Boral Limited is a multinational company dealing in building and construction materials. Founded in Australia, it also has extensive operations in the United States and Asia. The company has over 12,000 employees working across over 600 operating sites. Boral was demerged from the ‘old’ Boral Limited in February 2000. The ‘old’ Boral Limited, comprising energy assets, was renamed Origin Energy. The spin-off assets, comprising building and construction materials, became the ‘new’ Boral Limited. Boral and Origin Energy are now separately listed companies on the ASX and are entirely independent of one another.
The ‘old’ Boral began as an oil and bitumen refining company under the name of Bitumen and Oil Refineries Australia Limited. It later changed its name to Boral Limited using the acronym of the company’s name.
Boral has changed its core business since its inception, and now has a diverse area of operations within the building industry, including asphalt,road line marking, concrete, plasterboard, timber, windows, quarry, landfill, transport, roof tiles, bricks and pavers. Boral also produces cement via Boral Cement (formerly Blue Circle Southern Cement).
Market Price: $4.87
Market Cap: $5.71b
The company has three main divisions as follows:
In early 2014, Boral Limited and USG Corporation formed a 50/50 joint venture known as USG Boral. With approximately 3,500 employees, USG Boral is a leading manufacturer and supplier of gypsumbased wall and ceiling lining systems, mineral fibre acoustical ceiling systems, metal framing,joint compounds, high-performance panels and accessories throughout Asia, Australia and the Middle East.
In Australia, USG Boral Building Products has plasterboard manufacturing plants in Queensland, New South Wales and Victoria; a specialty plasters and jointing compounds plant in Victoria; cornice plants in New South Wales and Victoria; an integrated national network of more than 50 specialist trade centres; and Australia’s largest residential wall and ceiling installation service – USG Boral Linings (UBL).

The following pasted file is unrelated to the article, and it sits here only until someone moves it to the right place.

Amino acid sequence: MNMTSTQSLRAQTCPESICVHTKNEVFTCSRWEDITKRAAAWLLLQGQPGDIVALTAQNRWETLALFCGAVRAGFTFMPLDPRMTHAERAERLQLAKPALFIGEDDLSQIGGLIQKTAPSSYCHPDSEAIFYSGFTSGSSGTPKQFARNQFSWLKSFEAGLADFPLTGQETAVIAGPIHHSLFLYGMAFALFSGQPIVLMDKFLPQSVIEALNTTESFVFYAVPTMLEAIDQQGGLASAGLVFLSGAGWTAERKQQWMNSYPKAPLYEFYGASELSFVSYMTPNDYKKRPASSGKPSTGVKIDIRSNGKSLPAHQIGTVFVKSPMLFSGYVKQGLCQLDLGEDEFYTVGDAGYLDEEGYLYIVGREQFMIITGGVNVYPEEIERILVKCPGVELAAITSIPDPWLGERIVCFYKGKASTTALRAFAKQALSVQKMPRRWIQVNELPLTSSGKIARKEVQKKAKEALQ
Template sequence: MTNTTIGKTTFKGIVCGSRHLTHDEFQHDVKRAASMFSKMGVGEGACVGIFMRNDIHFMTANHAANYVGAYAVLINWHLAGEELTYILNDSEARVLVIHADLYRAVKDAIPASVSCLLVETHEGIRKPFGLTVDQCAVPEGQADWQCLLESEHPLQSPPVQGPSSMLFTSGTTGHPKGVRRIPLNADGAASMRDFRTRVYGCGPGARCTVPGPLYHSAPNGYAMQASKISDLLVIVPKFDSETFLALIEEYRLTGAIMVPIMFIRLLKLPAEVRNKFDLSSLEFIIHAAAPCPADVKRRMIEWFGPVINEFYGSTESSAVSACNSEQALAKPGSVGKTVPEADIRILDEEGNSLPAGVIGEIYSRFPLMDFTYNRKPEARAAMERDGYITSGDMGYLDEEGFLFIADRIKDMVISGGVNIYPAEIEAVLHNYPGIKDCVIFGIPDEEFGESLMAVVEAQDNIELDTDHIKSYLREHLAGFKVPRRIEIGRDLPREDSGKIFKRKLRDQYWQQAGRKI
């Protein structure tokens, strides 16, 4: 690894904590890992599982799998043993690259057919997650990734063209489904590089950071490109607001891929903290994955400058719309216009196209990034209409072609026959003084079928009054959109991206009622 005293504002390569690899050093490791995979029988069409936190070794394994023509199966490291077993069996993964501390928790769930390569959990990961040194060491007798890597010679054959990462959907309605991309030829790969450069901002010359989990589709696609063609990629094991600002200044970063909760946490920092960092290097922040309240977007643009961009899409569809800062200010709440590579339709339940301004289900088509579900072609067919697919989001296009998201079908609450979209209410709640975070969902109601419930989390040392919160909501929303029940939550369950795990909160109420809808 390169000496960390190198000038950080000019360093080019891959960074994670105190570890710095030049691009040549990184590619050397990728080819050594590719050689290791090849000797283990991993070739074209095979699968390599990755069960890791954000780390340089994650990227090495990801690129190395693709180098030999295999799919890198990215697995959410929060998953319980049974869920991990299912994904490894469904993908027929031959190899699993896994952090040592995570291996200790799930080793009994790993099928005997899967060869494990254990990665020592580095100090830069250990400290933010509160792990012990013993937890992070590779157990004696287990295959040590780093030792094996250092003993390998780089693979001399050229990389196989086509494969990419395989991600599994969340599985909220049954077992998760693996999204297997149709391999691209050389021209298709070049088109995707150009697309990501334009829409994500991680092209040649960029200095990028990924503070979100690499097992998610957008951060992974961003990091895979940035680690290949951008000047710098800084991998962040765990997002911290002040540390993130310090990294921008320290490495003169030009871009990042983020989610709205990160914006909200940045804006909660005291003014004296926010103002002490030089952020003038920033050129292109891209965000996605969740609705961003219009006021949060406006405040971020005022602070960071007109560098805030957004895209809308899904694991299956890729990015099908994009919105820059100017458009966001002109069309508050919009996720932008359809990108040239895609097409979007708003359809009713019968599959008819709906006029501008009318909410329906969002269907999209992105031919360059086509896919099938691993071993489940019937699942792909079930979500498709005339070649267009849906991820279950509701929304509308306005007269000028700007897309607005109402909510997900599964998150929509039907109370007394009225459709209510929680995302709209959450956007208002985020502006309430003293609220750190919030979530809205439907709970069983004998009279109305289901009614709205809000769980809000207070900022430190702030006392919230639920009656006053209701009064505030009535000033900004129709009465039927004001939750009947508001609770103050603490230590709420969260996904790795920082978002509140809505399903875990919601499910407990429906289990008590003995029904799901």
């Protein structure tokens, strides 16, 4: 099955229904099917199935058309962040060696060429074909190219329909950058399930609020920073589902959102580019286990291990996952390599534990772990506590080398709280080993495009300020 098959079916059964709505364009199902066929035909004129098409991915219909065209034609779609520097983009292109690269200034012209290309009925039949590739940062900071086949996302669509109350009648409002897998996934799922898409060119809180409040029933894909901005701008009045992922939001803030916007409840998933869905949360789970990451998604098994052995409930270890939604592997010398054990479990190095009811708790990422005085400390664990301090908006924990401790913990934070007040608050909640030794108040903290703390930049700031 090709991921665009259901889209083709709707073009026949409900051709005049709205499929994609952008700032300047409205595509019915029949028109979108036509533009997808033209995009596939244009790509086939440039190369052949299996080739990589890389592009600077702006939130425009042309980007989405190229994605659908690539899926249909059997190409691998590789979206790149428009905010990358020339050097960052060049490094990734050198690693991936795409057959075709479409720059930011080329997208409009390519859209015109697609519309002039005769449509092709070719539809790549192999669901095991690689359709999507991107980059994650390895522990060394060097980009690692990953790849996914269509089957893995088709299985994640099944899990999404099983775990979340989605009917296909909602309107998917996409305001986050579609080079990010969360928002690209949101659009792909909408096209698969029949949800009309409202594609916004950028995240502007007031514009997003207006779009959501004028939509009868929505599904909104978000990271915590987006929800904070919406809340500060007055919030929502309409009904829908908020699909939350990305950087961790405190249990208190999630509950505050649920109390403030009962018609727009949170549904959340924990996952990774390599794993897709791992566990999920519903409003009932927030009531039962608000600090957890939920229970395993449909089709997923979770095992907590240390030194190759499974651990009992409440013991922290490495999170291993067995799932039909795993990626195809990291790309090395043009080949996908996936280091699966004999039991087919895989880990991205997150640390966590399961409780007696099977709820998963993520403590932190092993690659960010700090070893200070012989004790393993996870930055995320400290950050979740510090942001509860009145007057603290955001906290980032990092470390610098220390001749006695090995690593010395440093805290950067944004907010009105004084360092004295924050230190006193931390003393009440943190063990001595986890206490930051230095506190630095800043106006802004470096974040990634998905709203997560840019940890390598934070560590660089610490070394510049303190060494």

USG Boral in Asia is a multi-country plasterboard producer in the region. USG Boral in Asia has 21 manufacturing sites across China, Thailand, Indonesia, South Korea, Vietnam, India and Malaysia, producing plasterboard ceiling tiles and suspension systems, metal framing, jointing compounds and industrial plasters throughout the region.
Boral Australia is a major supplier of products and materials to the residential and commercial construction, and roads and engineering markets. As one of Australia’s largest and most experienced construction materials suppliers, Boral has the resources and the expertise to perform for customers Australia wide. This division has many subdivisions producing concrete, quarry operations, asphalt, cement, logistics solutions, property management services, bricks, stone, roof tiles and timber for flooring markets.
Boral North America